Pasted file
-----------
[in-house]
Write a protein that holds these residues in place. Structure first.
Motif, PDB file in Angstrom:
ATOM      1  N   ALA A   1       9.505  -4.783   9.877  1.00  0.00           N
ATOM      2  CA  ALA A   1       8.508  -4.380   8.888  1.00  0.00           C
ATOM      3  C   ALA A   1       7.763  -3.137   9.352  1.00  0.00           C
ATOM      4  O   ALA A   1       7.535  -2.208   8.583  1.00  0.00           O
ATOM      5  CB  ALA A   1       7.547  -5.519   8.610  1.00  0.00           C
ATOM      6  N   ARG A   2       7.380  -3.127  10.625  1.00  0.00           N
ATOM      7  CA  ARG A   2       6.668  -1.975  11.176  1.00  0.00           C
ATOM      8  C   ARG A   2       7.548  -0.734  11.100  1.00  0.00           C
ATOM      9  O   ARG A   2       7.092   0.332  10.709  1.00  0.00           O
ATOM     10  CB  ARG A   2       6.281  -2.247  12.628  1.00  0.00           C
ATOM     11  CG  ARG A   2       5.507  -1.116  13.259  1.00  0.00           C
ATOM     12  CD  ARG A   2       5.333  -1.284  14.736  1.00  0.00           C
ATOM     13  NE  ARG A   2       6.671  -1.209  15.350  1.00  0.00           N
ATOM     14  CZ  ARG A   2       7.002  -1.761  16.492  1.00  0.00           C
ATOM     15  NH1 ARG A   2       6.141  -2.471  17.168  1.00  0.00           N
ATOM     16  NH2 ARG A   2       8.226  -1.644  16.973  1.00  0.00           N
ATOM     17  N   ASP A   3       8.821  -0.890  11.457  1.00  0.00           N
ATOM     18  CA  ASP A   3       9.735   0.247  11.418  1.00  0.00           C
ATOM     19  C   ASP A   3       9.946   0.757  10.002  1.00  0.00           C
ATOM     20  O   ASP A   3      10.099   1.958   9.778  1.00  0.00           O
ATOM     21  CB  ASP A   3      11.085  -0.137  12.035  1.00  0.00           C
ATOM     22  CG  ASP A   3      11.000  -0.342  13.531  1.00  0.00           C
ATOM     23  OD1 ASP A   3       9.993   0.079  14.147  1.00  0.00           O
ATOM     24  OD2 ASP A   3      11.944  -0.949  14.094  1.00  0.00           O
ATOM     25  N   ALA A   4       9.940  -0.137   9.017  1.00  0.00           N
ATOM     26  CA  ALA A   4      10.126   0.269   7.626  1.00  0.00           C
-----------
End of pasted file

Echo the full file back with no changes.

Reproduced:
[in-house]
Write a protein that holds these residues in place. Structure first.
Motif, PDB file in Angstrom:
ATOM      1  N   ALA A   1       9.505  -4.783   9.877  1.00  0.00           N
ATOM      2  CA  ALA A   1       8.508  -4.380   8.888  1.00  0.00           C
ATOM      3  C   ALA A   1       7.763  -3.137   9.352  1.00  0.00           C
ATOM      4  O   ALA A   1       7.535  -2.208   8.583  1.00  0.00           O
ATOM      5  CB  ALA A   1       7.547  -5.519   8.610  1.00  0.00           C
ATOM      6  N   ARG A   2       7.380  -3.127  10.625  1.00  0.00           N
ATOM      7  CA  ARG A   2       6.668  -1.975  11.176  1.00  0.00           C
ATOM      8  C   ARG A   2       7.548  -0.734  11.100  1.00  0.00           C
ATOM      9  O   ARG A   2       7.092   0.332  10.709  1.00  0.00           O
ATOM     10  CB  ARG A   2       6.281  -2.247  12.628  1.00  0.00           C
ATOM     11  CG  ARG A   2       5.507  -1.116  13.259  1.00  0.00           C
ATOM     12  CD  ARG A   2       5.333  -1.284  14.736  1.00  0.00           C
ATOM     13  NE  ARG A   2       6.671  -1.209  15.350  1.00  0.00           N
ATOM     14  CZ  ARG A   2       7.002  -1.761  16.492  1.00  0.00           C
ATOM     15  NH1 ARG A   2       6.141  -2.471  17.168  1.00  0.00           N
ATOM     16  NH2 ARG A   2       8.226  -1.644  16.973  1.00  0.00           N
ATOM     17  N   ASP A   3       8.821  -0.890  11.457  1.00  0.00           N
ATOM     18  CA  ASP A   3       9.735   0.247  11.418  1.00  0.00           C
ATOM     19  C   ASP A   3       9.946   0.757  10.002  1.00  0.00           C
ATOM     20  O   ASP A   3      10.099   1.958   9.778  1.00  0.00           O
ATOM     21  CB  ASP A   3      11.085  -0.137  12.035  1.00  0.00           C
ATOM     22  CG  ASP A   3      11.000  -0.342  13.531  1.00  0.00           C
ATOM     23  OD1 ASP A   3       9.993   0.079  14.147  1.00  0.00           O
ATOM     24  OD2 ASP A   3      11.944  -0.949  14.094  1.00  0.00           O
ATOM     25  N   ALA A   4       9.940  -0.137   9.017  1.00  0.00           N
ATOM     26  CA  ALA A   4      10.126   0.269   7.626  1.00  0.00           C